Isn't Bolam some grumpy Geordie actor, and Montgomery an WW2 general? and why do they matter to trans people ?

As I have said before in a number of my blog posts, I used to be a Registered Nurse.   Consequently my  status as ' A member of the Oppressor Class' - as I was described by  a reasonably well known trans academic, who has since been perfectly decent with me  both on social media and IRL, once she understood  what my viewpoint actually was on the topic in question; does impact  my world view on certain topics around how healthcare is provided for trans people.

With regard to the title of the piece - We aren't talking about James Bolam (who is actually from Wearside, even though his character in The Likely Lads was a Geordie) or Field Marshal Montgomery though  - as alluded in  the title of the post

There's a term used in  professional discourse ' The reasonable practitioner test'  - it's a caveated version of the ' the view of the man on the Clapham omnibus' ...

Bolam and Bolitho inform this as does the more recent Montgomery case...

All three of these are Civil court legal actions following adverse incidents in a healthcare setting.

The Wikipedia page on the Bolam judgement  also provides links and references to a number of other cases 

However the most recent and most significant case is Montgomery and the discussion of disclosure of material  risks  in a  proposed course of treatment ( or equally not intervening)

from the MDU link given above

The key passages from the Montgomery judgment involve what a patient would consider to be material risk:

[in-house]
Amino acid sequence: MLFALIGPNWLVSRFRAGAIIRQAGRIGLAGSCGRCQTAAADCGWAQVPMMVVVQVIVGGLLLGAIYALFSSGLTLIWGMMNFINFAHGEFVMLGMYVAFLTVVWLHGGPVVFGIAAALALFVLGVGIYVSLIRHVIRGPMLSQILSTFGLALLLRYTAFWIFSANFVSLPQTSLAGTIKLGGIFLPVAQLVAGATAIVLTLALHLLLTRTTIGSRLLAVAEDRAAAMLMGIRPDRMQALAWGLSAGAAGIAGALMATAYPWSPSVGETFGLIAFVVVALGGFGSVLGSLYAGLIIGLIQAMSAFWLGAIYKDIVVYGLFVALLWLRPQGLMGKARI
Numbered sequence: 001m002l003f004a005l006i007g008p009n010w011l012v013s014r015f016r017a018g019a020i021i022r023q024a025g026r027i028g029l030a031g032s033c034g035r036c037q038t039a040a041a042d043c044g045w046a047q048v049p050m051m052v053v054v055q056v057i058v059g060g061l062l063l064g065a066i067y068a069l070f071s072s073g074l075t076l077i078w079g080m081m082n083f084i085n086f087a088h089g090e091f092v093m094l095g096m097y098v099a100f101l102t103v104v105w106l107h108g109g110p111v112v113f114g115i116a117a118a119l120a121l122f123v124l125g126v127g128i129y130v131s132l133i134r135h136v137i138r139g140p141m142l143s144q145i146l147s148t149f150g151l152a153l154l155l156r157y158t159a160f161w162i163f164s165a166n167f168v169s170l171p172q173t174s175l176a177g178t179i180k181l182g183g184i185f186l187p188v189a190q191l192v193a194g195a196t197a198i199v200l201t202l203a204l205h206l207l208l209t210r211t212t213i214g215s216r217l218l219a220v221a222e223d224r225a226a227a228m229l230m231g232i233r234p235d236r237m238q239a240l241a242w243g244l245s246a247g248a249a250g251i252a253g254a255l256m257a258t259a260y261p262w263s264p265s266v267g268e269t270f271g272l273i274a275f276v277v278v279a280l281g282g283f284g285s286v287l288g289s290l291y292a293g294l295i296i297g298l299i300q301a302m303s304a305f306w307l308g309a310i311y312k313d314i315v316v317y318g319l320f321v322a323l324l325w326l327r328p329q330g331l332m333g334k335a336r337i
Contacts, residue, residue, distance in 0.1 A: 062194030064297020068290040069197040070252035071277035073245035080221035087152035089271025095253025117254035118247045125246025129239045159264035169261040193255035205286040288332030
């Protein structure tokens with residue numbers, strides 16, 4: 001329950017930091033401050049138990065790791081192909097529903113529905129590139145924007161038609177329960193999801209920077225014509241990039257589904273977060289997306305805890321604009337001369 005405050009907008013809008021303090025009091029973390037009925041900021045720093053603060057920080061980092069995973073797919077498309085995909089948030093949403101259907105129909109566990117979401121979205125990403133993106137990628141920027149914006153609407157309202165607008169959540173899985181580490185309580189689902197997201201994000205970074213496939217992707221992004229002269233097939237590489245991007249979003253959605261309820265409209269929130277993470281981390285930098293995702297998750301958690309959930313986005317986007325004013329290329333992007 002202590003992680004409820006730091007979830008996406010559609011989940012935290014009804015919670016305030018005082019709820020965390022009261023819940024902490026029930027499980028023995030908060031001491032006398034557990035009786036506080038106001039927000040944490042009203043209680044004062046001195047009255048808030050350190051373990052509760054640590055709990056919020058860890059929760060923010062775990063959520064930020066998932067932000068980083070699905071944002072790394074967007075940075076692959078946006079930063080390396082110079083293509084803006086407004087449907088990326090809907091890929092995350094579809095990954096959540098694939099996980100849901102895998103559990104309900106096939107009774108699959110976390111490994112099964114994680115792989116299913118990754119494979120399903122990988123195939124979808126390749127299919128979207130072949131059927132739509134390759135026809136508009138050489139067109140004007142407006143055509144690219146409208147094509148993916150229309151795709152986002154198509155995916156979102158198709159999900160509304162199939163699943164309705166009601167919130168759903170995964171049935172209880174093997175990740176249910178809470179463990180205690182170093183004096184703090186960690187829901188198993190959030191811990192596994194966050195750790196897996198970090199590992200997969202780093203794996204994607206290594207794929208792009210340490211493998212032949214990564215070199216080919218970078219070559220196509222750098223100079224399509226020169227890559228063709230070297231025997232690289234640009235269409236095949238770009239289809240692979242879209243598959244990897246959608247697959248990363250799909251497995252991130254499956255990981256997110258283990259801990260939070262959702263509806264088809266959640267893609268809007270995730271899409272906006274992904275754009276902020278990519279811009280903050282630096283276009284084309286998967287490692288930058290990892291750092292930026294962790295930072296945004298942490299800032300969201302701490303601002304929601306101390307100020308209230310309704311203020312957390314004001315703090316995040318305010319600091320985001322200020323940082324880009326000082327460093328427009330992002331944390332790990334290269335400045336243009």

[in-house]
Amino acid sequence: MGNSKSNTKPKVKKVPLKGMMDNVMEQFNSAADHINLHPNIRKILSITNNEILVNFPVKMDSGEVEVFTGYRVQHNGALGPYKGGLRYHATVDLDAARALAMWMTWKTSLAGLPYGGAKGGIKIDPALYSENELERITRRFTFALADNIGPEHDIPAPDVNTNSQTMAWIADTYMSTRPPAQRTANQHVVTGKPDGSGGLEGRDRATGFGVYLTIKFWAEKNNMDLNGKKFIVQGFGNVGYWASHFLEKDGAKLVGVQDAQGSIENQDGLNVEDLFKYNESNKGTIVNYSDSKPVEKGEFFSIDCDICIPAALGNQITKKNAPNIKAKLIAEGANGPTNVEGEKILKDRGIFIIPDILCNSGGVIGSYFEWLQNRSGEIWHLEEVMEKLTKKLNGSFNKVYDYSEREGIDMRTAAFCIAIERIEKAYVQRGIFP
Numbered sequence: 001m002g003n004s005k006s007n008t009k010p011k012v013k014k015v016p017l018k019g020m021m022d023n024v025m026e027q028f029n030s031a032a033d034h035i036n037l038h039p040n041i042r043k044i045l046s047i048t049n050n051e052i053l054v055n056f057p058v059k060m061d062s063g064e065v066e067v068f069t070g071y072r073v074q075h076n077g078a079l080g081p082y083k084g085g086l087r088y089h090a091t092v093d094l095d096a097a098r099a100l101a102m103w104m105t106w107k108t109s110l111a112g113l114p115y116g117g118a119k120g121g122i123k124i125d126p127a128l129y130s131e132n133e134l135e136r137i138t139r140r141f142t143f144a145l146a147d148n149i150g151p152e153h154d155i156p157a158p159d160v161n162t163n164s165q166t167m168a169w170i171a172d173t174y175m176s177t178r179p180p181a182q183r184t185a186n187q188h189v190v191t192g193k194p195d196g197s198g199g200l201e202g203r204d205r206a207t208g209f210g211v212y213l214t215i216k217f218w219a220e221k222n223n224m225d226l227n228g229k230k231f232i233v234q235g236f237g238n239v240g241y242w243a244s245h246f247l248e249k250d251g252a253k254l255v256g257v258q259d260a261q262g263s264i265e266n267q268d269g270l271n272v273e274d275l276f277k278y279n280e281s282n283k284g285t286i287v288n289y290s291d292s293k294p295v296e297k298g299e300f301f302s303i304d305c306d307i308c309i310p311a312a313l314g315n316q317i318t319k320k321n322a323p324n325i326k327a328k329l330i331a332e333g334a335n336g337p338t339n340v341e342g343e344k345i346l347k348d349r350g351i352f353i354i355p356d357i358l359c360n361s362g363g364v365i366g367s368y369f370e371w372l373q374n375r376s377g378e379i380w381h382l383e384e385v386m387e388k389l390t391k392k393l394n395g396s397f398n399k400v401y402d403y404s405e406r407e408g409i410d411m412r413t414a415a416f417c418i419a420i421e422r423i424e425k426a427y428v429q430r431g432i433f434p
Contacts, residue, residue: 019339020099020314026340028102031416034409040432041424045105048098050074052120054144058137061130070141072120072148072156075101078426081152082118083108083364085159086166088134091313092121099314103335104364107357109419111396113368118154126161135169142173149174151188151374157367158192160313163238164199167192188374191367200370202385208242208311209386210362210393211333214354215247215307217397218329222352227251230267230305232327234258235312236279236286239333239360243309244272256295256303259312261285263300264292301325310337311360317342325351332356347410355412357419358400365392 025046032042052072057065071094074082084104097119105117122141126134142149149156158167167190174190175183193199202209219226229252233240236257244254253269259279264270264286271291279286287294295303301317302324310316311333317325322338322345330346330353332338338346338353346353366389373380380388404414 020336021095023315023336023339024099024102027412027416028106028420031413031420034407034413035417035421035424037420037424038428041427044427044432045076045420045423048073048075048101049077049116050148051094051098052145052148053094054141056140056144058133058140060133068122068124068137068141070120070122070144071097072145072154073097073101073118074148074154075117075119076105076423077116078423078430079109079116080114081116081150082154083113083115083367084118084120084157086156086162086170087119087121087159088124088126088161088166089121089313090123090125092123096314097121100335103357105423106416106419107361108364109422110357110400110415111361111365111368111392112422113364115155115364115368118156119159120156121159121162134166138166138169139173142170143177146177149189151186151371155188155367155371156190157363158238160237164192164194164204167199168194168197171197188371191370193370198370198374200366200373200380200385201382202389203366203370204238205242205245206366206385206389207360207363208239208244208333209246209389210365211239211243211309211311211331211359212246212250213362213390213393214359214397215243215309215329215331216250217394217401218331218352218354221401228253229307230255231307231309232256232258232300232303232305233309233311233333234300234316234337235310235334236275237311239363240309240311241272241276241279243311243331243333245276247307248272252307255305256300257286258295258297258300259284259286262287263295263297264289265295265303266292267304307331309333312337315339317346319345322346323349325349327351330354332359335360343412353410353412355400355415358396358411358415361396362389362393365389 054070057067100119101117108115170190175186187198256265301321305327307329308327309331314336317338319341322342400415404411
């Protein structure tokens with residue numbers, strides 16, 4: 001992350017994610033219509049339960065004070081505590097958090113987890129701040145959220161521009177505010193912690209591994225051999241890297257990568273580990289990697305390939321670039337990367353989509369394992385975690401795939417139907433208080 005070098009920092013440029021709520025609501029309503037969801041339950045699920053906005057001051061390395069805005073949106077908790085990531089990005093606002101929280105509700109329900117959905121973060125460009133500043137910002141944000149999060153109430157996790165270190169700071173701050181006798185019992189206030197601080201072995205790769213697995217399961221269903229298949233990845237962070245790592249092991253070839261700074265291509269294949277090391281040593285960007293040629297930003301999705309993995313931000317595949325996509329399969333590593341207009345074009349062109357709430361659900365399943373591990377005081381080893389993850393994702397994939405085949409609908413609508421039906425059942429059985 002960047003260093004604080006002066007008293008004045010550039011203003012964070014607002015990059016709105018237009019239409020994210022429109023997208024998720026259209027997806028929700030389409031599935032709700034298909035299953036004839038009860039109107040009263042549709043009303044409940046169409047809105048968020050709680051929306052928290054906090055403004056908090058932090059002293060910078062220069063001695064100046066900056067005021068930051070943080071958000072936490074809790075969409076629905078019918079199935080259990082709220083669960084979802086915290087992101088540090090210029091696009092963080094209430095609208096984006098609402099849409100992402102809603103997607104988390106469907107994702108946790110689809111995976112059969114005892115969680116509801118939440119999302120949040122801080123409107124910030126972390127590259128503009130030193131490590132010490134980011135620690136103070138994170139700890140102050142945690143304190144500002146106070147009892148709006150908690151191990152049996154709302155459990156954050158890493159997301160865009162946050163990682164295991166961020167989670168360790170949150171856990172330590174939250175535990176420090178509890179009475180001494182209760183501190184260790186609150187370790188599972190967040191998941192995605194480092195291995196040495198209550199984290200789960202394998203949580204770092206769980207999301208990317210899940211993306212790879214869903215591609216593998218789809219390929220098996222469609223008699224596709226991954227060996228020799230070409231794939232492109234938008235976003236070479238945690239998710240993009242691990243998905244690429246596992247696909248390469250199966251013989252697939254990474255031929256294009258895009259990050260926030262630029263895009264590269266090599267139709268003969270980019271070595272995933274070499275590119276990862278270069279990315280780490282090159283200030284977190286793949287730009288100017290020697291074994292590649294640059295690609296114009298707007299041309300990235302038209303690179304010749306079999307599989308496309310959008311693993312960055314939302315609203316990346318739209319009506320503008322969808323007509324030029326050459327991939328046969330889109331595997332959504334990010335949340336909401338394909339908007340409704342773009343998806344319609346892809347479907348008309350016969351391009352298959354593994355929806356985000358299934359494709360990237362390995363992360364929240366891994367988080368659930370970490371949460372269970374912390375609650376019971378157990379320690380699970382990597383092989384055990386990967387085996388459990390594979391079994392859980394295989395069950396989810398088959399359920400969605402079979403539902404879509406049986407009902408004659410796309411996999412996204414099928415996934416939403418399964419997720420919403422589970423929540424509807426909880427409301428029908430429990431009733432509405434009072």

'The doctor is therefore under a duty to take reasonable care to ensure that the patient is aware of any material risks involved in any recommended treatment, and of any reasonable alternative or variant treatments.

'The test of materiality is whether, in the circumstances of the particular case, a reasonable person in the patient's position would be likely to attach significance to the risk, or the doctor is or should reasonably be aware that the particular patient would be likely to attach significance to it.'

Judgment in Montgomery v Lanarkshire Health Board [2015] UKSC 11, paragraph 87.

Some other key points were:

whether a risk is material doesn't only depend on how frequently it occurs
your advisory role involves talking to the patient to make sure they understand the risks and benefits of their treatment, so that they can make an informed decision
simply providing the information or getting a signature on a consent form may not be enough to evidence proper consent, but can be helpful as part of the consent process.

The fact is that trans care does not operate in a bubble and consequently this stuff informs the reality of clinical practice.


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